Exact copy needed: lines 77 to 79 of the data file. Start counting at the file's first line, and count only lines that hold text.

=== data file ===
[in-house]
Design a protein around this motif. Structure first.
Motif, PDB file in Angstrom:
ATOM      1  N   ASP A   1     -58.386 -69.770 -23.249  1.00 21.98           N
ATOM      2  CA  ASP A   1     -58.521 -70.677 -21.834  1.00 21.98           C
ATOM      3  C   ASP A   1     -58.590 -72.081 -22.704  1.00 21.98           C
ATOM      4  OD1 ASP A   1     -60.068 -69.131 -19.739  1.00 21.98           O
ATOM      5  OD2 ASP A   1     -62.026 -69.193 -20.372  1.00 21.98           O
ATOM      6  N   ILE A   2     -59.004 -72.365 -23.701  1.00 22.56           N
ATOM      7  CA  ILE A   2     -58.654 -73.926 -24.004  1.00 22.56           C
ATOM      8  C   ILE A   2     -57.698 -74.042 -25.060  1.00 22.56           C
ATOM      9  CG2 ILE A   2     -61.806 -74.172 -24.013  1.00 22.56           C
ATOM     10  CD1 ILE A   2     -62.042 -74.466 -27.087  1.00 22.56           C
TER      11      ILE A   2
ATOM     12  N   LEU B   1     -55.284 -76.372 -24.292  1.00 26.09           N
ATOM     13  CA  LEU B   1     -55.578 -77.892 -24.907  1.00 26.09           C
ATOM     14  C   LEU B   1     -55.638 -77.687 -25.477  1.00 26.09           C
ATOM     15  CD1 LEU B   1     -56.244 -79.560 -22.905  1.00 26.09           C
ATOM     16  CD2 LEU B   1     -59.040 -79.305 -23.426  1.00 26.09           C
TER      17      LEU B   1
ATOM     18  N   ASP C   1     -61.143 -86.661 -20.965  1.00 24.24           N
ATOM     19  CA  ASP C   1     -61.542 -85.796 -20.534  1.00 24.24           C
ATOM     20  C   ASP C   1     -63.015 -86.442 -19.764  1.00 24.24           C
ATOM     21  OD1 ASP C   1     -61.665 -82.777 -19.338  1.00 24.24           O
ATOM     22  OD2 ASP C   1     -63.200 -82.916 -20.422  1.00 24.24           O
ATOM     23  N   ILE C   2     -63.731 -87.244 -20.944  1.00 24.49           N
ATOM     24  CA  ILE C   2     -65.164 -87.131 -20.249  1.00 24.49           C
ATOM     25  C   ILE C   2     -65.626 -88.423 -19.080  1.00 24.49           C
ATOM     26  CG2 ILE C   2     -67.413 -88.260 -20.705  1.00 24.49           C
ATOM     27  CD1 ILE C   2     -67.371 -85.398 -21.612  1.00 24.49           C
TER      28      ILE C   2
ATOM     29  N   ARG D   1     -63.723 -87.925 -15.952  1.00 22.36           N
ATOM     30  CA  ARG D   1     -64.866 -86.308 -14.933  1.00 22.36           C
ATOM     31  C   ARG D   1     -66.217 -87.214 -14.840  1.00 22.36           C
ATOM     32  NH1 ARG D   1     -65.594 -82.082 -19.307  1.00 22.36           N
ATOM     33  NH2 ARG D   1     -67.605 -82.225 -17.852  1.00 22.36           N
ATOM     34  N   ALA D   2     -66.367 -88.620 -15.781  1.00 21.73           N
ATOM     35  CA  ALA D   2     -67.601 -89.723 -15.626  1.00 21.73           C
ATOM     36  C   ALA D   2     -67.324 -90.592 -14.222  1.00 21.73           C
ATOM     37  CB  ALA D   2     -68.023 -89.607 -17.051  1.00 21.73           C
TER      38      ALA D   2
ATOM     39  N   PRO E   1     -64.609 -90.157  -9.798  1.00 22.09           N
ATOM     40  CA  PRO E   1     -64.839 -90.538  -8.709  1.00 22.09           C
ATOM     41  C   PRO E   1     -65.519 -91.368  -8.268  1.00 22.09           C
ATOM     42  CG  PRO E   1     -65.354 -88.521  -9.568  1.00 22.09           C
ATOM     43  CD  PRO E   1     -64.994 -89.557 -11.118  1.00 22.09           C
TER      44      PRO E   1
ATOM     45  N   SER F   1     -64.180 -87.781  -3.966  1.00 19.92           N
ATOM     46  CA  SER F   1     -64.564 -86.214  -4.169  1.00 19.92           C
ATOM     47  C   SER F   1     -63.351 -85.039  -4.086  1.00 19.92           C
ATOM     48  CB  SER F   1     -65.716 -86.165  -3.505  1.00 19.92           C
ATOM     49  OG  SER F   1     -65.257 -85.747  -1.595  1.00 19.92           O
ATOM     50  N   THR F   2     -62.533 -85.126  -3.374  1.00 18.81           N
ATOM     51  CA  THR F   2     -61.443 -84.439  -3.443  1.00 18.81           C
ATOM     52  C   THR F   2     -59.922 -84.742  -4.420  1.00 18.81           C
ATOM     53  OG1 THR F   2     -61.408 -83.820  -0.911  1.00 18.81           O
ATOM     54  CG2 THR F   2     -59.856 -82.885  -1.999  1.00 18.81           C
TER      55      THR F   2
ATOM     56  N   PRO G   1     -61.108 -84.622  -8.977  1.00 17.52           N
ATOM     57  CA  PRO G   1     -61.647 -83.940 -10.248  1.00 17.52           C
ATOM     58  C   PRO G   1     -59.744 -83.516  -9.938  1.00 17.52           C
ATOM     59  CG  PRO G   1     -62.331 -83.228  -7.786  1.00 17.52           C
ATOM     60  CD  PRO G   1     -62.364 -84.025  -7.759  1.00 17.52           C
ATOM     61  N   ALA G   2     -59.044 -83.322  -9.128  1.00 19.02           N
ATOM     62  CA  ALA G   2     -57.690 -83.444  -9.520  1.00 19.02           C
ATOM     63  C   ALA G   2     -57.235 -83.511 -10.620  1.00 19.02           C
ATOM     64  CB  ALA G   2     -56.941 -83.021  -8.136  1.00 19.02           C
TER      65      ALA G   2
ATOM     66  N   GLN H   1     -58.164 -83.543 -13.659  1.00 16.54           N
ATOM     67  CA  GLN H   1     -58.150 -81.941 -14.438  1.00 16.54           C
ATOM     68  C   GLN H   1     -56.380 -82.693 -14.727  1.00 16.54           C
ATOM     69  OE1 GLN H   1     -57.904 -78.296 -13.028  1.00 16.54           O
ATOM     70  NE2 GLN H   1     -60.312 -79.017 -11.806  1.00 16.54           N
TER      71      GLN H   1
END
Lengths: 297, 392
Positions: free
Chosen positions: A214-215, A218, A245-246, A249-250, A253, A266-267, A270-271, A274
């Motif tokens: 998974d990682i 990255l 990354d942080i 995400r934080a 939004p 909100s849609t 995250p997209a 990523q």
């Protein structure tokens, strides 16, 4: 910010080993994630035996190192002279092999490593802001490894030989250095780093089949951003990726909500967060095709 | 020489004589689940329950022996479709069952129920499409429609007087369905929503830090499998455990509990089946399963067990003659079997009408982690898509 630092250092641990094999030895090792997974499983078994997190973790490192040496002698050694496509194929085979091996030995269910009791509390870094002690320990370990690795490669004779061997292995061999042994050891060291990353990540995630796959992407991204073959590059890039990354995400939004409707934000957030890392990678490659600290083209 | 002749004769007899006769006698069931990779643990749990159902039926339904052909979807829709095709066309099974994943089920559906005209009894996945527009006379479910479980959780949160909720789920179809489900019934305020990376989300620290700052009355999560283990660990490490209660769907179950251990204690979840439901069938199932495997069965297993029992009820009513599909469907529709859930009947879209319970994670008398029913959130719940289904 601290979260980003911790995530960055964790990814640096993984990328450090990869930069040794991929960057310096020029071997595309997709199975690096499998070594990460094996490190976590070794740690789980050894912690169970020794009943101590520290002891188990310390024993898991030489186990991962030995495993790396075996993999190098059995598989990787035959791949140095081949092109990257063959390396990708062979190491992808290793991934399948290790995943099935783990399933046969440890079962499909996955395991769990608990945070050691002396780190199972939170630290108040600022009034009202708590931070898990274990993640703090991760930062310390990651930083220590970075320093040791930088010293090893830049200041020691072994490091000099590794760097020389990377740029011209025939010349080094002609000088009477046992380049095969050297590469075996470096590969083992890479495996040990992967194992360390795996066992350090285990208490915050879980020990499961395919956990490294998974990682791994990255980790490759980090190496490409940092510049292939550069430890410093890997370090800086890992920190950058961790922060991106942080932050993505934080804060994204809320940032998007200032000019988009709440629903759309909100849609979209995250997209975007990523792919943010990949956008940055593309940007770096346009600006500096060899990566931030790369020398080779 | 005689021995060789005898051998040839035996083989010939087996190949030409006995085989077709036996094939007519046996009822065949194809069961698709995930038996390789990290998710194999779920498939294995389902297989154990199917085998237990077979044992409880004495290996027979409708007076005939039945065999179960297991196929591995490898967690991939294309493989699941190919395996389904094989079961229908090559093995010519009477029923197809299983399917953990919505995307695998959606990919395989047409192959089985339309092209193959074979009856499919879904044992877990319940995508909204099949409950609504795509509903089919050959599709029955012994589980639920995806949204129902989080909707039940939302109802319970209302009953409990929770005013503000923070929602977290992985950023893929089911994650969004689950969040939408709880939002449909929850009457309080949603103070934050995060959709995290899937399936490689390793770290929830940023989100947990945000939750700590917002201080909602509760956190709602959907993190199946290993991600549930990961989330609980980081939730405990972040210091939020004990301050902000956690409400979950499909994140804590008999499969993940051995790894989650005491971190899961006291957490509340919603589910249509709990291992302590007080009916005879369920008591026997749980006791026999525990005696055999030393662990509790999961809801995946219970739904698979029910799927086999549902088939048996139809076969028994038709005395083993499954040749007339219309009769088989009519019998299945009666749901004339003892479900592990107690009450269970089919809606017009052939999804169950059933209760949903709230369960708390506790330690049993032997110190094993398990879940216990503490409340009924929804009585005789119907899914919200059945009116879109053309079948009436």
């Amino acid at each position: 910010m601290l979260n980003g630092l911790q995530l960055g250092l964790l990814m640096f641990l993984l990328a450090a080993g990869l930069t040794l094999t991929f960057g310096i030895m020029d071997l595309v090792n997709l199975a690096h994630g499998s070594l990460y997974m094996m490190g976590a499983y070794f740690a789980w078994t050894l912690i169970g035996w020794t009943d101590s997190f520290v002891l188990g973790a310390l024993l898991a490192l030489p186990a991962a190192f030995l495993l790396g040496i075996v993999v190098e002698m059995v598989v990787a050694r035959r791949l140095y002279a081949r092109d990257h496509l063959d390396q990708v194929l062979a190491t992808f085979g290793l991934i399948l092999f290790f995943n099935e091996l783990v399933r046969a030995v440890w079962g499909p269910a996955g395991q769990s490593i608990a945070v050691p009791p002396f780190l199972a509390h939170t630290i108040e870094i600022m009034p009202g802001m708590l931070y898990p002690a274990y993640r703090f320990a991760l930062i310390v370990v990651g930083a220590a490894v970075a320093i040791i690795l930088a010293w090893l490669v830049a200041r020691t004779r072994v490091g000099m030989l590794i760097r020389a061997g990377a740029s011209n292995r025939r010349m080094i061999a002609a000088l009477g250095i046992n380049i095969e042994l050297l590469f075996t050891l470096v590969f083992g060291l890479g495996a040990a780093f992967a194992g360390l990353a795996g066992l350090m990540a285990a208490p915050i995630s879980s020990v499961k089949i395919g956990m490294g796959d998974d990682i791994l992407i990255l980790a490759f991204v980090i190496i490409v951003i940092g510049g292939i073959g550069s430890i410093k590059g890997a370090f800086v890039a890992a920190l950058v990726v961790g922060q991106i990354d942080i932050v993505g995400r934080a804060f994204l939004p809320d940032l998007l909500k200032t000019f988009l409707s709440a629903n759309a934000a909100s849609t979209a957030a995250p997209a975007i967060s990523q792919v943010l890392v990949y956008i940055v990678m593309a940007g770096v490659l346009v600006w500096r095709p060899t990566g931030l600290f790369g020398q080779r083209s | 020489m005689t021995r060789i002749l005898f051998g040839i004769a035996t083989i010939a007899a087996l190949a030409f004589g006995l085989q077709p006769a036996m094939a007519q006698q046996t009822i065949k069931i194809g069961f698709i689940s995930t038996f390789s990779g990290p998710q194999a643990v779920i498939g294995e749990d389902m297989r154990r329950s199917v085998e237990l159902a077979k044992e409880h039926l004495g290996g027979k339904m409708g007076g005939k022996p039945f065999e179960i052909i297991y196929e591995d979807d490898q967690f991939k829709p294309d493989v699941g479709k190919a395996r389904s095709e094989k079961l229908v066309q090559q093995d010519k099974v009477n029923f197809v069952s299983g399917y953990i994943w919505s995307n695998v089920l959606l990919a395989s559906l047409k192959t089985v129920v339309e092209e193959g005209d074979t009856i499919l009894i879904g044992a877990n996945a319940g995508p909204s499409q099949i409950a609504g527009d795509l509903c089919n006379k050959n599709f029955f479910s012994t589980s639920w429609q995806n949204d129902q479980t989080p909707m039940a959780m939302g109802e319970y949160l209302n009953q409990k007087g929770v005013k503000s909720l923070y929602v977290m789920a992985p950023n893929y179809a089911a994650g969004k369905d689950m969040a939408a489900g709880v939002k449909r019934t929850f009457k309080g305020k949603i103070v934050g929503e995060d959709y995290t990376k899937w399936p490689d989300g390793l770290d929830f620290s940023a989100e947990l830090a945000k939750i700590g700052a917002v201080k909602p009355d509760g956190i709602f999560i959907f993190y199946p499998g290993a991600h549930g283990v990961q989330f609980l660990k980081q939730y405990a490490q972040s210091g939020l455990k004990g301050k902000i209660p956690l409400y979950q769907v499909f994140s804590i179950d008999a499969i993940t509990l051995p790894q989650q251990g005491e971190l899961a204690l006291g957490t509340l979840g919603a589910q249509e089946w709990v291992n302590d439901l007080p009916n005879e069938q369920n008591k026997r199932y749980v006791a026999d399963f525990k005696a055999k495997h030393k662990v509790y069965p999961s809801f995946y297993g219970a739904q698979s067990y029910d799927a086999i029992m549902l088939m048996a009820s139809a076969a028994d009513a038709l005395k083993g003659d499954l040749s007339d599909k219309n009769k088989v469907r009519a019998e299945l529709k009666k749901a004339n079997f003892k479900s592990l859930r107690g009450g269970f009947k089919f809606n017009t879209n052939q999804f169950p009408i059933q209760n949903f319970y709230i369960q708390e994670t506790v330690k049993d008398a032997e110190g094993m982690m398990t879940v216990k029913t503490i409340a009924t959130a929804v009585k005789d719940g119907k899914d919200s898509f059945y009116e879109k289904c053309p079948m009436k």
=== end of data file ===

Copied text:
Positions: free
Chosen positions: A214-215, A218, A245-246, A249-250, A253, A266-267, A270-271, A274
């Motif tokens: 998974d990682i 990255l 990354d942080i 995400r934080a 939004p 909100s849609t 995250p997209a 990523q």